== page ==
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February 9, 2022 - Eduardo Guraieb

How to Enhance the Customer Journey and Create Trust and Safety

Digital technology has been a boon for commerce, allowing businesses to reach a larger audience than they could locally and at a lower operating cost. But rising fraud threatens to negate many of the financial benefits of online purchasing, and business owners are left with few good options to fight back. 

Can better fraud detection be the solution to decrease friction for good customers while deterring bad actors?

Going Beyond Basic Loss Prevention

Traditionally, e-commerce product managers and security and risk leaders responsible for identity verification and fraud detection focus largely on loss prevention. Reducing losses makes a huge splash on the P&L statement, so they are increasingly eager to combat fraud in this manner. 

However, the tactics used in loss prevention can often mar a company’s trust and digital safety in the eyes of the customer. Transactions may be erroneously flagged as fraud or create a number of high-friction challenges that customers must complete before their transaction is approved.

The result may be less loss, but it can also mean less “gain” for the company in terms of repeat sales to legitimate customers.

Enhancing the Customer Journey While Deterring Dishonest Actors

The new era of fraud detection shifts away from basic loss prevention and centers on establishing a higher level of digital safety and trust. It takes into account ways to enhance the customer journey while also stopping bad actors at the gate.

Organizations that successfully adopt a mindset of digital safety and trust tend to share three common attributes:

First, they have dedicated trust and safety roles. These resources focus solely on improvements and establish metrics to ensure protection and growth are both priorities. 

Second, they provide a check-out process and other activities tailored to the individual. Customers that have demonstrated good faith in previous transactions can enjoy a more streamlined, one-click process, for example. Building trust is a tenet of reducing risk, but it cuts both ways. Customers also need to be able to trust a company’s business processes in verifying identities and not allowing fraudulent charges to pass. 

And last but not least, they employ holistic automated fraud detection solutions. Platforms like DataVisor offer real-time insight across millions of data points in all channels to identify potential bad actors before damage occurs. With limited manual intervention, good actors can pass through workflows with less friction while suspicious customers may have to clear additional checkpoints.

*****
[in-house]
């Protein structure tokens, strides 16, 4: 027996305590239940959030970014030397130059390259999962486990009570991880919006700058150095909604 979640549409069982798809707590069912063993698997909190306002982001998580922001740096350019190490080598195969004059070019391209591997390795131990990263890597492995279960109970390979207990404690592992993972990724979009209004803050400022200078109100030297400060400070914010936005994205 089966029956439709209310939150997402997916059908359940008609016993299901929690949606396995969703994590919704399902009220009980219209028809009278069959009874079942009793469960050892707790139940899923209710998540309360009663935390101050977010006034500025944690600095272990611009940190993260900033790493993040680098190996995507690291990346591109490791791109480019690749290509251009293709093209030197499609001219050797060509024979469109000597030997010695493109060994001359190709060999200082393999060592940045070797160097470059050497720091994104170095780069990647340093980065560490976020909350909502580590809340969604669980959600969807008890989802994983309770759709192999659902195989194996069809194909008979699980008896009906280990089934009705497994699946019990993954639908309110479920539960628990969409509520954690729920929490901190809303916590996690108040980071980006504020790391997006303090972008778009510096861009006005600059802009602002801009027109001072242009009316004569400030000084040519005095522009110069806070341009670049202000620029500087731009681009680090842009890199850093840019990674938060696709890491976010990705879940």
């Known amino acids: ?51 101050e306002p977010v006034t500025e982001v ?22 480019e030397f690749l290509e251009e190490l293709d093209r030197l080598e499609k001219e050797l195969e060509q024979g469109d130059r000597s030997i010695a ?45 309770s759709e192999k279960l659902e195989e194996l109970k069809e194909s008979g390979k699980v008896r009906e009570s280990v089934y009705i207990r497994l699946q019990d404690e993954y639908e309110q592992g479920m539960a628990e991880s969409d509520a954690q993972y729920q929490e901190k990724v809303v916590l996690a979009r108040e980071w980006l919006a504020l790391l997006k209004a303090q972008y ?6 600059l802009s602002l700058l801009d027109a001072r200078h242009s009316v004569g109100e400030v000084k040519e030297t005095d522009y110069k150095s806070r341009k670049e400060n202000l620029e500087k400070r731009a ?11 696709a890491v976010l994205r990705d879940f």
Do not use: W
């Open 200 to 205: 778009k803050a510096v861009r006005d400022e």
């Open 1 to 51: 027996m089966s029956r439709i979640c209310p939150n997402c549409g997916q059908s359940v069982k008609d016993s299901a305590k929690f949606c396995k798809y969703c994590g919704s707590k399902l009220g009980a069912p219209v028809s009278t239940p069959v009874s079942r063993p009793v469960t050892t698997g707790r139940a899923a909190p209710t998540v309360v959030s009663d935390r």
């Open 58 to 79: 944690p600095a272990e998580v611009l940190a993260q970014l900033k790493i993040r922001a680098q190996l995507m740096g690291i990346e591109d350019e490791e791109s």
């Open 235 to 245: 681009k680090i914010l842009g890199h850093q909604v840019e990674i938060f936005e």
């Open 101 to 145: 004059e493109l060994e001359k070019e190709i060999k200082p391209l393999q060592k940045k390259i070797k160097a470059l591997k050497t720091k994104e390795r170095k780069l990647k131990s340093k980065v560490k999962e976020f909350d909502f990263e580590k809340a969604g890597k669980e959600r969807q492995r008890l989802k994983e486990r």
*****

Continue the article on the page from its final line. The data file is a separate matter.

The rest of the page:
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How DataVisor Creates Trust and Safety in Digital Businesses

DataVisor is helping e-commerce companies to enhance customer journeys while creating higher levels of digital safety and trust. Machine learning fraud detection reviews customer data across multiple channels to assess risk factors in real time, then routes the customer’s experience to appropriate next steps based on those risks.

What’s more, DataVisor continually assesses new risks and automatically incorporates them into its decision-making. Digital safety and trust teams can make impactful operational adjustments on an ongoing basis.

It’s time to view risk through a customer-centric lens. Learn more when you download our ebook: A Guide to Complete Protection Across the Customer Account Lifecycle.

How to Enhance the Customer Journey and Create Trust and Safety

 

about Eduardo Guraieb
Eduardo is a Product Marketing Manager at DataVisor with experience working with fintech startups and top-tier international financial institutions. Eduardo is passionate about marketing, financial inclusion, coffee, and bicycles. He holds a law degree from the Technological Institute of Mexico (ITAM) and an MBA from Berkeley Haas.
about Eduardo Guraieb
Eduardo is a Product Marketing Manager at DataVisor with experience working with fintech startups and top-tier international financial institutions. Eduardo is passionate about marketing, financial inclusion, coffee, and bicycles. He holds a law degree from the Technological Institute of Mexico (ITAM) and an MBA from Berkeley Haas.